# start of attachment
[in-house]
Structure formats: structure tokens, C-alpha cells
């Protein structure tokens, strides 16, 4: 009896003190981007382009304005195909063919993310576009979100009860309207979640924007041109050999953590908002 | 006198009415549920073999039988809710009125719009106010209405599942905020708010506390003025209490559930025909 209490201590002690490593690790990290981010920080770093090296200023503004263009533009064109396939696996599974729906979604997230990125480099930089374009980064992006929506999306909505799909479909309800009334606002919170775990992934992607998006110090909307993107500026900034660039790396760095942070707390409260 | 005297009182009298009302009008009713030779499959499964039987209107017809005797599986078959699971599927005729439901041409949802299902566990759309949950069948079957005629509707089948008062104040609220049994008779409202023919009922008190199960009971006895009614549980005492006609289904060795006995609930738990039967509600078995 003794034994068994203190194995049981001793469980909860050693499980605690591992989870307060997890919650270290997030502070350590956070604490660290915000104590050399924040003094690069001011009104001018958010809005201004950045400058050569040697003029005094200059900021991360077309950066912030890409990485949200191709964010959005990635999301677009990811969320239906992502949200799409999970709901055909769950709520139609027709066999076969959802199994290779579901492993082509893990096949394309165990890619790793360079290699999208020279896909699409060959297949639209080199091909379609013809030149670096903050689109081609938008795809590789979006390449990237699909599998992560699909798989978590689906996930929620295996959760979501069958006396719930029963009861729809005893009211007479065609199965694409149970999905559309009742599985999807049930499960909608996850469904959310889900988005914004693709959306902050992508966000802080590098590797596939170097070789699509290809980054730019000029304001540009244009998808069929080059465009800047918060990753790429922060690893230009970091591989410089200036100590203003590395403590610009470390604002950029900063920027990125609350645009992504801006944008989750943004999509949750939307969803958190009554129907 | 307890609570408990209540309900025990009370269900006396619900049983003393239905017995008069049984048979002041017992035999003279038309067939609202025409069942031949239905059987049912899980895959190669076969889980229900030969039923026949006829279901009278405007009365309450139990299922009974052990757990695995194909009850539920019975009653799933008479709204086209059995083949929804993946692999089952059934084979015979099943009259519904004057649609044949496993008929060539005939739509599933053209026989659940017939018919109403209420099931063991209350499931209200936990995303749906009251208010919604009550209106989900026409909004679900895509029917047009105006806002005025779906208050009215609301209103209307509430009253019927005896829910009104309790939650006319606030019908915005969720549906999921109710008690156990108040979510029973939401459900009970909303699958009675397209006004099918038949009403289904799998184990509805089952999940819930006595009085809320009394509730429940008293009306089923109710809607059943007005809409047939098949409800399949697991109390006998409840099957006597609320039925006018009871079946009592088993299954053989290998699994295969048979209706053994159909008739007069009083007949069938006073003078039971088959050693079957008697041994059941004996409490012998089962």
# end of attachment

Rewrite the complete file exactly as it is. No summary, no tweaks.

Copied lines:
[in-house]
Structure formats: structure tokens, C-alpha cells
């Protein structure tokens, strides 16, 4: 009896003190981007382009304005195909063919993310576009979100009860309207979640924007041109050999953590908002 | 006198009415549920073999039988809710009125719009106010209405599942905020708010506390003025209490559930025909 209490201590002690490593690790990290981010920080770093090296200023503004263009533009064109396939696996599974729906979604997230990125480099930089374009980064992006929506999306909505799909479909309800009334606002919170775990992934992607998006110090909307993107500026900034660039790396760095942070707390409260 | 005297009182009298009302009008009713030779499959499964039987209107017809005797599986078959699971599927005729439901041409949802299902566990759309949950069948079957005629509707089948008062104040609220049994008779409202023919009922008190199960009971006895009614549980005492006609289904060795006995609930738990039967509600078995 003794034994068994203190194995049981001793469980909860050693499980605690591992989870307060997890919650270290997030502070350590956070604490660290915000104590050399924040003094690069001011009104001018958010809005201004950045400058050569040697003029005094200059900021991360077309950066912030890409990485949200191709964010959005990635999301677009990811969320239906992502949200799409999970709901055909769950709520139609027709066999076969959802199994290779579901492993082509893990096949394309165990890619790793360079290699999208020279896909699409060959297949639209080199091909379609013809030149670096903050689109081609938008795809590789979006390449990237699909599998992560699909798989978590689906996930929620295996959760979501069958006396719930029963009861729809005893009211007479065609199965694409149970999905559309009742599985999807049930499960909608996850469904959310889900988005914004693709959306902050992508966000802080590098590797596939170097070789699509290809980054730019000029304001540009244009998808069929080059465009800047918060990753790429922060690893230009970091591989410089200036100590203003590395403590610009470390604002950029900063920027990125609350645009992504801006944008989750943004999509949750939307969803958190009554129907 | 307890609570408990209540309900025990009370269900006396619900049983003393239905017995008069049984048979002041017992035999003279038309067939609202025409069942031949239905059987049912899980895959190669076969889980229900030969039923026949006829279901009278405007009365309450139990299922009974052990757990695995194909009850539920019975009653799933008479709204086209059995083949929804993946692999089952059934084979015979099943009259519904004057649609044949496993008929060539005939739509599933053209026989659940017939018919109403209420099931063991209350499931209200936990995303749906009251208010919604009550209106989900026409909004679900895509029917047009105006806002005025779906208050009215609301209103209307509430009253019927005896829910009104309790939650006319606030019908915005969720549906999921109710008690156990108040979510029973939401459900009970909303699958009675397209006004099918038949009403289904799998184990509805089952999940819930006595009085809320009394509730429940008293009306089923109710809607059943007005809409047939098949409800399949697991109390006998409840099957006597609320039925006018009871079946009592088993299954053989290998699994295969048979209706053994159909008739007069009083007949069938006073003078039971088959050693079957008697041994059941004996409490012998089962």